Cornelius C. Beekman erected his second bank building in 1863 at the corner of California and North 3rd streets in Jacksonville. Begun as a gold dust office in 1856, Beekman saw over $40 million in gold cross his counters during Jacksonville’s heyday in the 1800s—equivalent to over $1 billion in today’s currency! Beekman’s Bank is the oldest financial institution in the Pacific Northwest and remains furnished exactly as it was when Beekman closed and locked the doors for the last time in 1915. Explore the “Secrets & Mysteries of the Beekman Bank” during 45-minute candlelight tours beginning at 6, 7, and 8 p.m. on April 5 and 6. Admission, $5. Reservations required!

Orth Building #2

March 26, 2019

The 2-story Orth building, located at 150 S. Oregon Street in Jacksonville, was erected in 1872 by German born butcher, John Orth. Prior to the building’s construction, Orth’s butcher shop had occupied a wooden frame building on the same site, sharing the block with the Palmetto Bowling Saloon, the Beard House and Eagle Brewery (later the Old City Brewery), and “an old hospital building.” When Orth razed the older buildings to make way for his new edifice, the Democratic Times newspaper noted that the site had been “devoted to almost every purpose except printing a newspaper and serving God.” The Democratic Times rectified one omission, taking office space in Orth’s new brick building.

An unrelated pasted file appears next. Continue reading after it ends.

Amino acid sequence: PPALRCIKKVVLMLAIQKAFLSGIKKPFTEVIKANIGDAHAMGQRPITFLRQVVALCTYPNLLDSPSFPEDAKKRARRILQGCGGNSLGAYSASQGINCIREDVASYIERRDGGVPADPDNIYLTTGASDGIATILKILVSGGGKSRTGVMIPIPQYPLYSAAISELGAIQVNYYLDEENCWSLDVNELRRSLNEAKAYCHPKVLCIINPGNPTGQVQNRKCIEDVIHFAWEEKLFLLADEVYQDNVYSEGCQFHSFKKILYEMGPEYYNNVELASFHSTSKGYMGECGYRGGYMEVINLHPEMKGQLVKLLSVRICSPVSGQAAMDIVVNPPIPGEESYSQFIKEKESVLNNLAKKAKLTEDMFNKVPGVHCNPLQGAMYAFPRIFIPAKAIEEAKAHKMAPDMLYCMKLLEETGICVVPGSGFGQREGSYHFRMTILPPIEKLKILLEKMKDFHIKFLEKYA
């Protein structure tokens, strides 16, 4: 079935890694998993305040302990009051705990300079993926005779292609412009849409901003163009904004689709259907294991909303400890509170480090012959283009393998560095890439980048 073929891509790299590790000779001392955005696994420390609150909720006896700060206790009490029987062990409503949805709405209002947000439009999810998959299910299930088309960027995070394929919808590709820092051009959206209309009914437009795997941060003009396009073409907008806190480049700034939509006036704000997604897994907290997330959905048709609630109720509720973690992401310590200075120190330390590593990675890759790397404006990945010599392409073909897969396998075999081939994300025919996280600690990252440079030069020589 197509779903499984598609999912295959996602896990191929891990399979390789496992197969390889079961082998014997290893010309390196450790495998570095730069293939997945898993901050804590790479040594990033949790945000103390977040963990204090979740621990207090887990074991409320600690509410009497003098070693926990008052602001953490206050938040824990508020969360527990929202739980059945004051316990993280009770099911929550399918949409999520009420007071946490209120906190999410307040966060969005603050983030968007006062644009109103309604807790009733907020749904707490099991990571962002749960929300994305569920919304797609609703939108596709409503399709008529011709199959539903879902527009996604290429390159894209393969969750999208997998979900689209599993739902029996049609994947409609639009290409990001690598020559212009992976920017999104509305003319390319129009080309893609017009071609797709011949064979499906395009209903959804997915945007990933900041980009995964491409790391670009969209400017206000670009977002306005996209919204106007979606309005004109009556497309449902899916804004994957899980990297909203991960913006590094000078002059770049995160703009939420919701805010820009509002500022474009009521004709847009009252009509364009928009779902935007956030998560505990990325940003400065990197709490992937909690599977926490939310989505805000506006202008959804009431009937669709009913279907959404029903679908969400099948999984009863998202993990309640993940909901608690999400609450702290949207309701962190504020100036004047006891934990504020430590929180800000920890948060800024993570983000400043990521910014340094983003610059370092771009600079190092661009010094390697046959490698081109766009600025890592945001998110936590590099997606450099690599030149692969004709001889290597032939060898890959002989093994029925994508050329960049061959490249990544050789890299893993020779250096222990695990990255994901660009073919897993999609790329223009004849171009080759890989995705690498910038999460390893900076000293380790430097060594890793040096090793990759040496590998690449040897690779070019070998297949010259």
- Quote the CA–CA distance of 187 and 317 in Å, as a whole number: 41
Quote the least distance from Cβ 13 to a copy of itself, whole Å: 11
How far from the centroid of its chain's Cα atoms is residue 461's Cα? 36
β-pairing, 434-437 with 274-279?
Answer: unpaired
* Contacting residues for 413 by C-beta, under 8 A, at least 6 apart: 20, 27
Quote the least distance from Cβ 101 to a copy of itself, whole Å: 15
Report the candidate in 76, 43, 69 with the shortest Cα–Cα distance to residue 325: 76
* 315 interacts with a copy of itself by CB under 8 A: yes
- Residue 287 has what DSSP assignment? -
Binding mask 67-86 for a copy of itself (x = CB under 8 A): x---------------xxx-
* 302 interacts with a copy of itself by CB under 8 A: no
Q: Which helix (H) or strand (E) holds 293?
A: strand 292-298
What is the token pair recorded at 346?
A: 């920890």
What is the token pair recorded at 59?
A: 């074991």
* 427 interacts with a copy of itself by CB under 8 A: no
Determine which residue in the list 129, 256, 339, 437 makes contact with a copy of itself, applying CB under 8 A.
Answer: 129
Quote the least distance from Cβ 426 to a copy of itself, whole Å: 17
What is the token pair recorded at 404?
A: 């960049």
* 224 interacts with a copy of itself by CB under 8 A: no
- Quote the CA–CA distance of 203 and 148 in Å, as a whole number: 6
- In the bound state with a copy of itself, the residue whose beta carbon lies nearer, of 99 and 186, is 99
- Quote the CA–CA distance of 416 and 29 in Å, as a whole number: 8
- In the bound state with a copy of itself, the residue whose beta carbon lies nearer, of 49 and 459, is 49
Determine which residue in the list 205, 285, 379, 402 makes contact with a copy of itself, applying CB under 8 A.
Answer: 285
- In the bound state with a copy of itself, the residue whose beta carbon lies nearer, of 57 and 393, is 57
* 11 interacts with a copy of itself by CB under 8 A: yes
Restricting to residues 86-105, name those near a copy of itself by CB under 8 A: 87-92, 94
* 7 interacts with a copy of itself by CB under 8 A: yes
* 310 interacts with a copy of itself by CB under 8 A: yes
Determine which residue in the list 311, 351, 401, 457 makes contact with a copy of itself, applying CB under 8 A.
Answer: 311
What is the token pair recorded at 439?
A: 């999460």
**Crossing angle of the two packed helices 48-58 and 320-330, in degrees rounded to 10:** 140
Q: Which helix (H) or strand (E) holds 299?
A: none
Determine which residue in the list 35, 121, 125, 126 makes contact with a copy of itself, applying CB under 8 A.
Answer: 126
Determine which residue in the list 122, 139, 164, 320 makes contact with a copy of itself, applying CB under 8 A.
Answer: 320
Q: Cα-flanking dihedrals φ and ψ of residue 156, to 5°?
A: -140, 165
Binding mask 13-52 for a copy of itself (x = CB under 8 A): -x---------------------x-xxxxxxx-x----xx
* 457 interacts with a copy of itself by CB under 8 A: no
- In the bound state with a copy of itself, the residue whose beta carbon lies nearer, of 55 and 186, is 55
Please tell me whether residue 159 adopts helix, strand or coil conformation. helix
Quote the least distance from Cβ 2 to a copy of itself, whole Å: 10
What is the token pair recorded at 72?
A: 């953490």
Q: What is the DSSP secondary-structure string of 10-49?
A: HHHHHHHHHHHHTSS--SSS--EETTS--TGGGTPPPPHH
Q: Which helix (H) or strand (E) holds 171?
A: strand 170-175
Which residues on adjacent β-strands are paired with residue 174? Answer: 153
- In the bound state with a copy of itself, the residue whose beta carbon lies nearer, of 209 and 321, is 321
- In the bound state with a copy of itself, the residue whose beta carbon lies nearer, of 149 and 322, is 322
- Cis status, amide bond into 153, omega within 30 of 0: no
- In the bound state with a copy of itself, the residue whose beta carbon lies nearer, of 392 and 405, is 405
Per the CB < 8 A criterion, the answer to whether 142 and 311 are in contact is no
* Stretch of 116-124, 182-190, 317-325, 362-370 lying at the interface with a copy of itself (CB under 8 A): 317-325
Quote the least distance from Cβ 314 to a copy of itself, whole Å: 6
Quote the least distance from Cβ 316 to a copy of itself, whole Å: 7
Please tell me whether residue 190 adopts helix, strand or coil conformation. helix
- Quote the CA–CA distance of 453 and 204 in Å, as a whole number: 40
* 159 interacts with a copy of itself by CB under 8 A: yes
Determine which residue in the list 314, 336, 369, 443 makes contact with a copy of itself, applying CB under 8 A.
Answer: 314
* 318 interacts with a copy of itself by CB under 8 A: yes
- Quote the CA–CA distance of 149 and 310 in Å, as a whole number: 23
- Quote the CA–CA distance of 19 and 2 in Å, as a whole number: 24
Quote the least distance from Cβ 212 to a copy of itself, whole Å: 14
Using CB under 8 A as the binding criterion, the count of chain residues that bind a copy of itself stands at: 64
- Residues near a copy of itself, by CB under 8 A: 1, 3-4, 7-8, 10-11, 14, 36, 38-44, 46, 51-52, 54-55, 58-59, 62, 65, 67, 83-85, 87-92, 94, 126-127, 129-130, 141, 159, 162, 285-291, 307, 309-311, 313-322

Table Rock Billiard Saloon #2

March 19, 2019

The building at 155-165 S. Oregon Street in Jacksonville that now houses Good Bean Coffee was built in 1860 by German immigrants Herman von Helms and John Wintjen, partners in the “Table Rock Bakery.” This Italianate brick structure replaced their earlier wood frame bakery that also provided space for a butcher shop, groceries, and supplies. Helms and Wintjen may have operated their bakery into the mid-1870s. As entrepreneurs, it’s quite likely they became saloonkeepers after the 1874 fire destroyed all the adjacent wooden buildings, including the notorious El Dorado saloon, a Jacksonville “institution” as early as 1852. The “Table Rock Billiard Saloon” sign was painted on the building in the early 1880s by which time Wintjen had retired. The saloon became an informal social and political headquarters, home to business deals, court decisions, and even trials. It was also Jacksonville’s first museum, “The Cabinet” – a collection of pioneer relics, fossils and oddities designed to attract a clientele that stayed for the saloon’s lager. Herman von Helms ran the saloon until his death in 1899. His son Ed operated it until his retirement in 1914.

Lilac House

March 12, 2019